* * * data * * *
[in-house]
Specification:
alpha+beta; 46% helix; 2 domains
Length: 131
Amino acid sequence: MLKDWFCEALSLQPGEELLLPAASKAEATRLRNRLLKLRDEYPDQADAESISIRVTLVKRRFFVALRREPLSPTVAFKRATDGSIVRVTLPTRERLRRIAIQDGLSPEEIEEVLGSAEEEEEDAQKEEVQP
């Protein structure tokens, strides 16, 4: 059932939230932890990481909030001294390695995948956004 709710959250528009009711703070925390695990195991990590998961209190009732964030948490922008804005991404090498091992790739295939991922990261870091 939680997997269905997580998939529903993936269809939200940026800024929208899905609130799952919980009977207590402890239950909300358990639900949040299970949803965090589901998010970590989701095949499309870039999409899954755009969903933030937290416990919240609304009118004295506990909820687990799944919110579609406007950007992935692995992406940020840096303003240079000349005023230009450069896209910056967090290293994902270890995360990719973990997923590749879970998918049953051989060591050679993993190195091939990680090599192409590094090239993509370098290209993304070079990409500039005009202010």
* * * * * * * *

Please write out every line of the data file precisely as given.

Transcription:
[in-house]
Specification:
alpha+beta; 46% helix; 2 domains
Length: 131
Amino acid sequence: MLKDWFCEALSLQPGEELLLPAASKAEATRLRNRLLKLRDEYPDQADAESISIRVTLVKRRFFVALRREPLSPTVAFKRATDGSIVRVTLPTRERLRRIAIQDGLSPEEIEEVLGSAEEEEEDAQKEEVQP
């Protein structure tokens, strides 16, 4: 059932939230932890990481909030001294390695995948956004 709710959250528009009711703070925390695990195991990590998961209190009732964030948490922008804005991404090498091992790739295939991922990261870091 939680997997269905997580998939529903993936269809939200940026800024929208899905609130799952919980009977207590402890239950909300358990639900949040299970949803965090589901998010970590989701095949499309870039999409899954755009969903933030937290416990919240609304009118004295506990909820687990799944919110579609406007950007992935692995992406940020840096303003240079000349005023230009450069896209910056967090290293994902270890995360990719973990997923590749879970998918049953051989060591050679993993190195091939990680090599192409590094090239993509370098290209993304070079990409500039005009202010």